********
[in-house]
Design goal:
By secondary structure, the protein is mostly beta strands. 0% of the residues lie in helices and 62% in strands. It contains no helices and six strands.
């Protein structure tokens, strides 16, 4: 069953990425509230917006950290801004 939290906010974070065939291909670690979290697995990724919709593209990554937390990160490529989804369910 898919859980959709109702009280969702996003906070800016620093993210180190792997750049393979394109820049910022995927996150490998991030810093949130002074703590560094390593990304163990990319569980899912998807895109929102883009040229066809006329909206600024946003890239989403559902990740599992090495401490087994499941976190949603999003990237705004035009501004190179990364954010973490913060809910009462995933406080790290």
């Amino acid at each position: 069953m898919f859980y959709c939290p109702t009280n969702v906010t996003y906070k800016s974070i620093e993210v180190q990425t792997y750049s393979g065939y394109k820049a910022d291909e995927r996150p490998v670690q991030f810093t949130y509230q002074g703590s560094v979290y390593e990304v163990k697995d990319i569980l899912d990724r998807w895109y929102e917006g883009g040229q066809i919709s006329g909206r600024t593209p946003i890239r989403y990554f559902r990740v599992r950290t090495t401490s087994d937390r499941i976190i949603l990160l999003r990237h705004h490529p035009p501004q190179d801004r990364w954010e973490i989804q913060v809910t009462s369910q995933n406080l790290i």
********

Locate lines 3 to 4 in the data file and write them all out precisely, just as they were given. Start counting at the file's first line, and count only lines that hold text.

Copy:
By secondary structure, the protein is mostly beta strands. 0% of the residues lie in helices and 62% in strands. It contains no helices and six strands.
């Protein structure tokens, strides 16, 4: 069953990425509230917006950290801004 939290906010974070065939291909670690979290697995990724919709593209990554937390990160490529989804369910 898919859980959709109702009280969702996003906070800016620093993210180190792997750049393979394109820049910022995927996150490998991030810093949130002074703590560094390593990304163990990319569980899912998807895109929102883009040229066809006329909206600024946003890239989403559902990740599992090495401490087994499941976190949603999003990237705004035009501004190179990364954010973490913060809910009462995933406080790290």